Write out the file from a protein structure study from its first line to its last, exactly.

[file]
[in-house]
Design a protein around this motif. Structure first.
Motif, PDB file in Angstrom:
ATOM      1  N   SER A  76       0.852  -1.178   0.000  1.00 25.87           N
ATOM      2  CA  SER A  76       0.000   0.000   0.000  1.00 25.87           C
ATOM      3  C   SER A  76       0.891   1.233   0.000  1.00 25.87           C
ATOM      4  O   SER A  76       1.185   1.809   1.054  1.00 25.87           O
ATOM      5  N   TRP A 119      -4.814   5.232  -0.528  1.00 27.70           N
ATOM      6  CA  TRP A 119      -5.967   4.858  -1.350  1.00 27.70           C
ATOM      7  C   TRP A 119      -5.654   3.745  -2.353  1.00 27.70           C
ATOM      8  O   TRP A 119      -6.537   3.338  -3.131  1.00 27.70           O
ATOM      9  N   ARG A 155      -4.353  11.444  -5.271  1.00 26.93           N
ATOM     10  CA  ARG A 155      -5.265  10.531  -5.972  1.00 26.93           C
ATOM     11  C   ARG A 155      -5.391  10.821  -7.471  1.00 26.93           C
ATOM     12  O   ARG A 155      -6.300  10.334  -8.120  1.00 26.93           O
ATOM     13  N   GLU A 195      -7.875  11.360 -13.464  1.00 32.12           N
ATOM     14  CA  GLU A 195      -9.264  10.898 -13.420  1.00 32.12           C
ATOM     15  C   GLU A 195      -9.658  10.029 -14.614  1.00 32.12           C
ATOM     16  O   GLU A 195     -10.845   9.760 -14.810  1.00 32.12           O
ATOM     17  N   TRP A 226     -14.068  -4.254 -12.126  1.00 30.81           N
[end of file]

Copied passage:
[in-house]
Design a protein around this motif. Structure first.
Motif, PDB file in Angstrom:
ATOM      1  N   SER A  76       0.852  -1.178   0.000  1.00 25.87           N
ATOM      2  CA  SER A  76       0.000   0.000   0.000  1.00 25.87           C
ATOM      3  C   SER A  76       0.891   1.233   0.000  1.00 25.87           C
ATOM      4  O   SER A  76       1.185   1.809   1.054  1.00 25.87           O
ATOM      5  N   TRP A 119      -4.814   5.232  -0.528  1.00 27.70           N
ATOM      6  CA  TRP A 119      -5.967   4.858  -1.350  1.00 27.70           C
ATOM      7  C   TRP A 119      -5.654   3.745  -2.353  1.00 27.70           C
ATOM      8  O   TRP A 119      -6.537   3.338  -3.131  1.00 27.70           O
ATOM      9  N   ARG A 155      -4.353  11.444  -5.271  1.00 26.93           N
ATOM     10  CA  ARG A 155      -5.265  10.531  -5.972  1.00 26.93           C
ATOM     11  C   ARG A 155      -5.391  10.821  -7.471  1.00 26.93           C
ATOM     12  O   ARG A 155      -6.300  10.334  -8.120  1.00 26.93           O
ATOM     13  N   GLU A 195      -7.875  11.360 -13.464  1.00 32.12           N
ATOM     14  CA  GLU A 195      -9.264  10.898 -13.420  1.00 32.12           C
ATOM     15  C   GLU A 195      -9.658  10.029 -14.614  1.00 32.12           C
ATOM     16  O   GLU A 195     -10.845   9.760 -14.810  1.00 32.12           O
ATOM     17  N   TRP A 226     -14.068  -4.254 -12.126  1.00 30.81           N